Does the system allow different user profiles that permit different access / read / write / delete / create actions for individuals and groups of users to be established?

Yes

Does the system time out after a period of inactivity and log the user out?

Yes. The system ‘defaults’ to a standard 60 minutes but this may be changed locally, to suit individual requirements, at an organisation level.

Access to certain system files, program files and data is restricted to administrator role?

Yes. This is controlled locally through the access rights given to a group of users – access can be restricted to all administration and security options as required. There is a system wide process which allows pages to be made visible, access allowed, editing allowed and, where relevant, new record entry allowed.

Can data be restricted to named individuals or groups and hidden from others?

Yes. The local administrator is able to manage the ‘visibility’ of individual and /or group data sets as required.

Can I share information securely with project partners?

Yes. The local administrator can control this through the ‘branch’ facility (optional extra).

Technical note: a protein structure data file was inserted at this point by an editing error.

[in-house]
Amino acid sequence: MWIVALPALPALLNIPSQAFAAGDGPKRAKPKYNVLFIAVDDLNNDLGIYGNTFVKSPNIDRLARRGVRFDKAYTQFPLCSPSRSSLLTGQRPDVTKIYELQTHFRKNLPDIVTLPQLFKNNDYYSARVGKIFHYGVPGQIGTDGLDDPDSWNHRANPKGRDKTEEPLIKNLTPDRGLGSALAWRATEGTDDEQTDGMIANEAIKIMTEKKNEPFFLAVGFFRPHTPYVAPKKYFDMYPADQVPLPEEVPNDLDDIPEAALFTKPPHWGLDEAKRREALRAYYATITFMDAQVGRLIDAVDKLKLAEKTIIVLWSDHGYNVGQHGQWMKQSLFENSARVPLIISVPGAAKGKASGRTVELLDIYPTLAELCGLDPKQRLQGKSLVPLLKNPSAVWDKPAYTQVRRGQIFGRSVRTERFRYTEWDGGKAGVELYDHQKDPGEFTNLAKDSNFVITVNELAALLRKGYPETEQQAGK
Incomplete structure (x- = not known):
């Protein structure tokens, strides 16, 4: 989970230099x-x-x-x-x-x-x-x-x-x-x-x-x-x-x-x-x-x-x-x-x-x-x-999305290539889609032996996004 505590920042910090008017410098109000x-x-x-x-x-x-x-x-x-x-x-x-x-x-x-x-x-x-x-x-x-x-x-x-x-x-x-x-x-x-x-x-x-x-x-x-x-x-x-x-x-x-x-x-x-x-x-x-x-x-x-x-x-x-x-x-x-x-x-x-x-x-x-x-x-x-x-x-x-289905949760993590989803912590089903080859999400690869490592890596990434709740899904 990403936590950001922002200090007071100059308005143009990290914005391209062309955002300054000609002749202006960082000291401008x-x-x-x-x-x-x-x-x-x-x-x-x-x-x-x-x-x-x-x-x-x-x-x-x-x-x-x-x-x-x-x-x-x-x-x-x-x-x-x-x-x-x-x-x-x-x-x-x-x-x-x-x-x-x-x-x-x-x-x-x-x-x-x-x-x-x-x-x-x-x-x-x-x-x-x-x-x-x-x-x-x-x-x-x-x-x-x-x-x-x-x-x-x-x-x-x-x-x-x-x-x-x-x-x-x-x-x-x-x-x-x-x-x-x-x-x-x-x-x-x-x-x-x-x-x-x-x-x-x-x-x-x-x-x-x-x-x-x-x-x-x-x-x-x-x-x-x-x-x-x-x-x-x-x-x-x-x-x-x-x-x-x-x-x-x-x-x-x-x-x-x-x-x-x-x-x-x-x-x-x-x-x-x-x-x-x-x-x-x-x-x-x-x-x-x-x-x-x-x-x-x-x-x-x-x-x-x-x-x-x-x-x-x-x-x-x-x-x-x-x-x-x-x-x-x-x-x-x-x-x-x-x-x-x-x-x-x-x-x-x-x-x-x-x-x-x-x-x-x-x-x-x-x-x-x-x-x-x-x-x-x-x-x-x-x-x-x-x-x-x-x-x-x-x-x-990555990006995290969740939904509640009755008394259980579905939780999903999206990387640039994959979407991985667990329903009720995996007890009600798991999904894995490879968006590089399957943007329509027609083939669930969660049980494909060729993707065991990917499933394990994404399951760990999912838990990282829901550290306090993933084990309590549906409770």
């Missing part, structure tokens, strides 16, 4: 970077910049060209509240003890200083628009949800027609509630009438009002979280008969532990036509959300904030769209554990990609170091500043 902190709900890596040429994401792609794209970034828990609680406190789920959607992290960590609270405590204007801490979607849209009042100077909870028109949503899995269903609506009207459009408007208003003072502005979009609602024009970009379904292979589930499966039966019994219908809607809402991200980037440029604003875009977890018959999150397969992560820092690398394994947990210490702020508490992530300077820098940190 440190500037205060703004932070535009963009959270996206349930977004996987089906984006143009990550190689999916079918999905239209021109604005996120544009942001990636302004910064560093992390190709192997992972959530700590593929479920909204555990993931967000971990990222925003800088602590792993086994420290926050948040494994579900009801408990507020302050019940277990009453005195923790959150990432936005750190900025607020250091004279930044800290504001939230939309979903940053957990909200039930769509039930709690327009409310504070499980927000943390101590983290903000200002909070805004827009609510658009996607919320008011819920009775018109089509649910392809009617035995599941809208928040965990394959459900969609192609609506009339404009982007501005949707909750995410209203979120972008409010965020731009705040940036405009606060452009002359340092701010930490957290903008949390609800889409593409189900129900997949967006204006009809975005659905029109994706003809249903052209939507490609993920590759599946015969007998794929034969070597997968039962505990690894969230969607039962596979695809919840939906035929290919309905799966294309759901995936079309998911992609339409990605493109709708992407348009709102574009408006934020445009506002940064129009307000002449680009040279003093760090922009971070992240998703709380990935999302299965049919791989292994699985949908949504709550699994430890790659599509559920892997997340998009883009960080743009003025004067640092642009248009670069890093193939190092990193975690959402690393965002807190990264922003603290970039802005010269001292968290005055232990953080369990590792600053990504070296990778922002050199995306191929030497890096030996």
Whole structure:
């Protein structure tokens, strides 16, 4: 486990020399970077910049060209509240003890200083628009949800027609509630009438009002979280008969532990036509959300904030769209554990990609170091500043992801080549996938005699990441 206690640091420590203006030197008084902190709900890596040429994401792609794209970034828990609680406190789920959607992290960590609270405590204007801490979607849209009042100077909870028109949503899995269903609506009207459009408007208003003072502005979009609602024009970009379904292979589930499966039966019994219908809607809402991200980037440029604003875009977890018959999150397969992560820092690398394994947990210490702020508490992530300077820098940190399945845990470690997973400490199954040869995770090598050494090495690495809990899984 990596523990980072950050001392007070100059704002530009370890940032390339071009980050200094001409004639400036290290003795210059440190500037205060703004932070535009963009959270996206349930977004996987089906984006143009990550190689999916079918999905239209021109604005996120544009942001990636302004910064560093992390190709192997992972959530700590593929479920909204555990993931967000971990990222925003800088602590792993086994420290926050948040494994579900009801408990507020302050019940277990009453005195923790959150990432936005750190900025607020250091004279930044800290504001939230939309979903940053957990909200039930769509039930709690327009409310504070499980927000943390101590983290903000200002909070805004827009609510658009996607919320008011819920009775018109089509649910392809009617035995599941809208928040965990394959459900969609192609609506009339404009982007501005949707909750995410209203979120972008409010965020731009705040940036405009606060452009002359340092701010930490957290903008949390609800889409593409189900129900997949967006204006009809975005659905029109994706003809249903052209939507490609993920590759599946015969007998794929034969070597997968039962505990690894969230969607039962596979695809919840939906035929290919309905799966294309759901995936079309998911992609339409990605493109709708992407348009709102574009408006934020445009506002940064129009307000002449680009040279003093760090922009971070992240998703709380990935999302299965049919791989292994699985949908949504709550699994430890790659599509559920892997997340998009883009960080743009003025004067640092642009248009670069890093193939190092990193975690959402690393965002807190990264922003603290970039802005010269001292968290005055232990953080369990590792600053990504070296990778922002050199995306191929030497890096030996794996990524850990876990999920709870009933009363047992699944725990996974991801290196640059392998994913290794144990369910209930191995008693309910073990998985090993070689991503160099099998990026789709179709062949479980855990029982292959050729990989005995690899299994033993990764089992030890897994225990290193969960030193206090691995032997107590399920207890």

Freedom of Information Act (FOIA)

The Act covers any recorded information that is held by a public authority in England, Wales and Northern Ireland, and by UK-wide public authorities based in Scotland.

Public authorities include government departments, local authorities, the NHS, state schools and police forces. However, the Act does not necessarily cover every organisation that receives public money. For example, it does not cover some charities that receive grants and certain private sector organisations that perform public functions.

Whilst Charitylog does not directly come under the scope of this Act it would co-operate fully in any FOIA request should this become necessary.

How is data protected during transfer to and from the server?

The system stores and transmits all passwords in 128-bit encrypted form.

Can individual user activity be monitored and audited?

The system maintains a secure audit trail that records all successful and unsuccessful attempts to access the system including user, date and time. The IP address from which the login was attempted is also recorded.

How is the system upgraded?

Software upgrades are scheduled to take place at around 4 monthly intervals. Details of forthcoming upgrades are posted on the website.

Can we integrate Charitylog into our website?

Yes.

When did Charitylog start in business?